Ask for a President beleaguered from all sides, and I’ll show you Muhammadu Buhari, the ramrod straight man from Daura, in Katsina State, who turns 78 today.
In the build-up to the 2015 presidential election, we used to say everything had been thrown at him as projectiles, except the kitchen sink. Permit me to update that expression. Today, everything possible has been thrown at President Buhari, including the kitchen sink. Anything. Everything. Fake news. Hate speech. Lies. False propaganda. Evil thoughts. Malediction. Odium. Opprobrium. Ogbunigwe. Ogulutu.Surface to air missiles. All offensive weapons. But the man trudges on. Calmly, sedately, peacefully.
If only more Nigerians knew this President. If only they knew the essential Buhari, the quintessential patriot and gentleman, they would behave differently, handle him with more care, and show him more kindness. Yes, everyone needs kindness, even Presidents.
Remember that song by Mary Mc Kee and The Genesis?
You’ve got to try a little kindness
Yes, show a little kindness
Just shine your light for everyone to see
And if you try a little kindness
Then you’ll overlook the blindness
Of narrow-minded people, on narrow-minded streets.
Too many people have chosen to believe the wrong things about President Buhari, and have ossified their minds against the truth. But then, those of us who have had the privilege to work with him studied and known him at close quarters, have a duty to tell what we have seen. And what better day to do it, than on his birthday.
Oh, he eats from the President. What else would he say than to sing his praises? True? False. If need be, I will serve this President for free. I consider it a great privilege to serve a man I admire. Even gratis.
Somebody commented that a blitzkrieg has been launched against Buhari and the government he leads, from all quarters. Some elements in the media, human rights groups, so-called activists, NGOs, Boko Haram, ISWAP, all at once. But is Buhari the loser? Not at all. It’s the country that ultimately loses, just as Eric Donaldson sang in ‘Little Did You Know:’
You think that you are hurting me
But little did you know you are only hurting yourself
Little did you know you are only hurting yourself.
In about two years and five months, with God being merciful as He always is, President Buhari will land safely, and retire to Daura for a well-deserved retirement at 80. And if those engineering distractions against his government continue, it is the country that would have lost. A great deal.
What are the things some people hurl against the President, which shows that they don’t know him at all?
He’s a religious bigot. Really? I’ve not seen a scintilla of evidence in the past five years. Every Christmas and Easter holiday, he calls those of us who are Christians, working with him, and asks us to stay off work, and enjoy the season with our families. That’s not the way of bigots, who would never acknowledge any religion, except their own.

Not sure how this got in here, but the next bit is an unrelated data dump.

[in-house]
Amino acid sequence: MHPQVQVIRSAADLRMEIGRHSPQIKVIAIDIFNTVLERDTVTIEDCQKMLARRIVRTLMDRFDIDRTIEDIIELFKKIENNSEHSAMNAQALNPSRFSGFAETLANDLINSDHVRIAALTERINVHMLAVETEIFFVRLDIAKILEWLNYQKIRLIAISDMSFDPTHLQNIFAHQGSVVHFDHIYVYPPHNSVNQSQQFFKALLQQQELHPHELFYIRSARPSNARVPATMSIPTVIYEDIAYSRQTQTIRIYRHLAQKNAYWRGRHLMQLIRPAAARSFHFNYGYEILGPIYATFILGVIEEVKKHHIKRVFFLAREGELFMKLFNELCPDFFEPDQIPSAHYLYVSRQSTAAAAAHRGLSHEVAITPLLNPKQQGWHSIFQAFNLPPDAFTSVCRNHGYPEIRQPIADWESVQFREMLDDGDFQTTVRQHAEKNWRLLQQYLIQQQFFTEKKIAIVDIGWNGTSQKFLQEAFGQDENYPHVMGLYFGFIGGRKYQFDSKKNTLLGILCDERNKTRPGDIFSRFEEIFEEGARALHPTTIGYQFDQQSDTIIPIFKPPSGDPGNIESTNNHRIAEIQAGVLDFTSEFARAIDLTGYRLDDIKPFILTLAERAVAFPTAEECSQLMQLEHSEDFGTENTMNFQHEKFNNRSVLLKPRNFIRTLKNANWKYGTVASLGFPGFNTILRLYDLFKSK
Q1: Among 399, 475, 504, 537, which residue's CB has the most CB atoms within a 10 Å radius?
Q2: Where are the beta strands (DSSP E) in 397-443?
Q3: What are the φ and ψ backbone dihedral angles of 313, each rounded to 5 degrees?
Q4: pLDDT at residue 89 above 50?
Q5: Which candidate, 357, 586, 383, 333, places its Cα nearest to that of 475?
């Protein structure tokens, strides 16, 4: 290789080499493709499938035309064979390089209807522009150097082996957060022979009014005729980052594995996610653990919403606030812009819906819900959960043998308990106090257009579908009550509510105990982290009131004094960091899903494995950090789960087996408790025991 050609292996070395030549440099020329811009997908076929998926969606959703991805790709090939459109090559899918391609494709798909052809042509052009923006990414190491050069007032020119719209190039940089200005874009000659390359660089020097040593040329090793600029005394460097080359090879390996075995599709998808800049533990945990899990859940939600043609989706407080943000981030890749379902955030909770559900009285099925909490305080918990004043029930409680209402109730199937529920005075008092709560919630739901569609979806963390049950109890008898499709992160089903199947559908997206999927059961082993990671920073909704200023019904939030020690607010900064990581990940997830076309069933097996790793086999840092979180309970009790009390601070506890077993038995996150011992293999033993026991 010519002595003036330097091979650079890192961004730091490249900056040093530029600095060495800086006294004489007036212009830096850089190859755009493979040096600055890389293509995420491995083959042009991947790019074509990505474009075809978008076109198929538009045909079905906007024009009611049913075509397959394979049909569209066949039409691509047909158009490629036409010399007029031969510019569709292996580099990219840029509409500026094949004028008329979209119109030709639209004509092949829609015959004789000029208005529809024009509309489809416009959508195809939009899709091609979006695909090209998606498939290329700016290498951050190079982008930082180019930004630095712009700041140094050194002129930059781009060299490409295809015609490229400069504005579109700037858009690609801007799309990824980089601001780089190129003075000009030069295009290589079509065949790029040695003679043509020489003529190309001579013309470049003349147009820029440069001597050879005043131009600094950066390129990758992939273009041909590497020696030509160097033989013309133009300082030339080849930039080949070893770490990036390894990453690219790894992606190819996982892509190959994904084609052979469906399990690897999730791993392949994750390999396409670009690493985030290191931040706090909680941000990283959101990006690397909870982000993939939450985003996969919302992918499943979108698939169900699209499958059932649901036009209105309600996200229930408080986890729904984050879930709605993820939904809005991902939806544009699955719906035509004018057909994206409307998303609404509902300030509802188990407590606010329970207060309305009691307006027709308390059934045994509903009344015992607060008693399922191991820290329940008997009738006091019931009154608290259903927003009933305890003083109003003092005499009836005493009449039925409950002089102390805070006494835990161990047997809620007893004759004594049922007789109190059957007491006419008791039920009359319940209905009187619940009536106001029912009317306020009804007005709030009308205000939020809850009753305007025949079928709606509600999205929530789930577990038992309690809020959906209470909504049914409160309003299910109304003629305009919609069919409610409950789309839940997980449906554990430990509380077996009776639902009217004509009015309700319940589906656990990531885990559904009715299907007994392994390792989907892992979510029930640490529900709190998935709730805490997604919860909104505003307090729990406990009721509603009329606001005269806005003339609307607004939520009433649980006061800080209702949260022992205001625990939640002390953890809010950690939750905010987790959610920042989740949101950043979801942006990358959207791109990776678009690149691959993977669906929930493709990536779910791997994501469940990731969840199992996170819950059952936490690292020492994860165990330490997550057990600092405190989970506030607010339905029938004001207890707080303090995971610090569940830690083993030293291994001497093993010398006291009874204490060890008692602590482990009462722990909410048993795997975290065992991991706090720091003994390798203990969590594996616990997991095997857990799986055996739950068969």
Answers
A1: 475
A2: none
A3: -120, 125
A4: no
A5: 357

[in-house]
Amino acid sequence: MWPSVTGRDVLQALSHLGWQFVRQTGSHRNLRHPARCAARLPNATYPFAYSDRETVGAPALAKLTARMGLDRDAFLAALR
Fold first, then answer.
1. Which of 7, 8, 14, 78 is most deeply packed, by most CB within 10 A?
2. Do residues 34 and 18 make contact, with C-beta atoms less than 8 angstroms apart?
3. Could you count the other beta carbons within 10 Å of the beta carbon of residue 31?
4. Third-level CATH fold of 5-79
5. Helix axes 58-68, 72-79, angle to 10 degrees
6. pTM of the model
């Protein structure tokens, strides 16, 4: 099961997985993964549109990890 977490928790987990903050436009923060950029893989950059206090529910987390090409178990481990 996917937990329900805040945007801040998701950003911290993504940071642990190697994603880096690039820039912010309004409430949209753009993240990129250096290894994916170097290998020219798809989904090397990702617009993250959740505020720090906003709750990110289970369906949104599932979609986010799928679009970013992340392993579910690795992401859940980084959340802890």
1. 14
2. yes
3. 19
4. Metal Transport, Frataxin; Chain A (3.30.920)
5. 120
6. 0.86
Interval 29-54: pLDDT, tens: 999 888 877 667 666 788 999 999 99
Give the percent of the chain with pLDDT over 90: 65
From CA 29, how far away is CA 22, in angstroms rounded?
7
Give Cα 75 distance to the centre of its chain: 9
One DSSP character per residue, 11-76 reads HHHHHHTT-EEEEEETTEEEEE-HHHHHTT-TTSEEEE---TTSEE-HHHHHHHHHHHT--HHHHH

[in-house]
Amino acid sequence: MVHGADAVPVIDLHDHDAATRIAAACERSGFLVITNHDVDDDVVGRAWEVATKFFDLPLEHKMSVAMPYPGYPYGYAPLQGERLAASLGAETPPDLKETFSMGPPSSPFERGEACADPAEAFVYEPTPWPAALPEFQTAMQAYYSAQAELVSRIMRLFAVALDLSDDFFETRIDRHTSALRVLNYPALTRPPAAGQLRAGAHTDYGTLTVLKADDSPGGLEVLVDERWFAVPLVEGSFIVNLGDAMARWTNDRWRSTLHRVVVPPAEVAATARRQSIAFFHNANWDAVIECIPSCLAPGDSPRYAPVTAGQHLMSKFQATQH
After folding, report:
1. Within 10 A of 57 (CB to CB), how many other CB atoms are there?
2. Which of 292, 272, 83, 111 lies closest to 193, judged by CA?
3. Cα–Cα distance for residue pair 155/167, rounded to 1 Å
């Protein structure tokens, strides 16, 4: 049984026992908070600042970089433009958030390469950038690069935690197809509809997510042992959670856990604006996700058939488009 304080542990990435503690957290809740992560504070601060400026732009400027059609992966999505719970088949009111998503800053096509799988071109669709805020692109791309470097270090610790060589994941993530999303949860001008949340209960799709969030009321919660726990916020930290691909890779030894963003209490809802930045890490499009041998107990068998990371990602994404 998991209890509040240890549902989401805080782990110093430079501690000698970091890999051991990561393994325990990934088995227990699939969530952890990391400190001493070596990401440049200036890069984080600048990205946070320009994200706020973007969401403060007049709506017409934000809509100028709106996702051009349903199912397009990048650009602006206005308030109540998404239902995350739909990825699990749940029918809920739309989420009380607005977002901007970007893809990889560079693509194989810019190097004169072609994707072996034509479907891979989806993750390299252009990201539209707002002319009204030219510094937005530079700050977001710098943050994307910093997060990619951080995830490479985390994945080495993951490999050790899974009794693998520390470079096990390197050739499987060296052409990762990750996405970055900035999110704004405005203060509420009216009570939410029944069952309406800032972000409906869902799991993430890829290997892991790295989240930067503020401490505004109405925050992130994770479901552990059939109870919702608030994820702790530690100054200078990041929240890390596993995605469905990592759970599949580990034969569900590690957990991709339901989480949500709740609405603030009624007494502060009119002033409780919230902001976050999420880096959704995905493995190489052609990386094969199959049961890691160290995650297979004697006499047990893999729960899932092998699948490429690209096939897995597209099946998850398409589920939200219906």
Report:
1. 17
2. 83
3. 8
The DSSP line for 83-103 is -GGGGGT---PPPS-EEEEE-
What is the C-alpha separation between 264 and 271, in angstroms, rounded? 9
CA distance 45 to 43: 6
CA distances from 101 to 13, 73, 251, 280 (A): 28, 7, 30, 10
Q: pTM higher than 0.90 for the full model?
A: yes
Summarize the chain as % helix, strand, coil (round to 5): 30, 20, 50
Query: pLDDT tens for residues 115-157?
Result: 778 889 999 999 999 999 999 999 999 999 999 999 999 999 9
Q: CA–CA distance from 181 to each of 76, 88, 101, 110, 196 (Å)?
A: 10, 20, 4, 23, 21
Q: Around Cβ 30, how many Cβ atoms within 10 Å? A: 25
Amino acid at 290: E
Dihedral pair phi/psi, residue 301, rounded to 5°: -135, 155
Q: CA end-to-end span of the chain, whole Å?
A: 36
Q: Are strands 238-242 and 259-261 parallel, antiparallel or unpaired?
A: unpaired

As a military commander, history has it that Buhari would always give soldiers working under him time to go for worship on Sunday mornings, just as he did to the Muslims on Fridays. Yet, bigot, bigot, some people continue to shout.
He’s a Fulani, he rears cows, and all Fulani herdsmen are criminals, that’s why he tolerates them. Really? Some people even say all Fulani are herdsmen, whether they see them with cattle or not. Truth is; every ethnic stock has its deviants, its criminal elements.
You can’t just demonize all Fulani, simply because you want to excoriate the President. Did he choose to be born Fulani? Did I choose to be born Yoruba, and did the Ishan, Idoma, or Ijaw man choose the ethnic stock he wanted to be born into? It’s a biological accident. You have nothing to do with it. A man then doesn’t go repudiating where he comes from, simply because some people have decided to tar his people with the brush of infamy.
He’s nepotistic. A common refrain, but non-scientific. About three years ago, we did a scientific exercise. We chronicled all the appointments made by the President since 2015 and allocated them to states and regions. The result showed that the Southwest had the largest share. Followed by Imo and Kano states. Then Edo and Katsina. And on and on. But the naysayers ignored facts and figures and stuck to their false narratives. Nepotism.
One day, the President had given me an appointment to announce in the early days of the administration. By then, some people had started talking of northernisation agenda. So I said, “Mr President, this is the murmur we hear. Why don’t you consider giving this position to another part of the country?”
He looked at me calmly, smiled, and said: “If a search has been conducted for a position, and someone has been thrown up as the best candidate. And I then bypass him because of where he comes from, or because of his religion, haven’t I been unfair to that person?”
Food for thought, indeed.
This is Jubril from Sudan and not Muhammadu Buhari, who had died during the medical vacation in 2017, some people say. You have a clone in Aso Villa, not Buhari. Idiocy, sadly believed by even some intellectuals.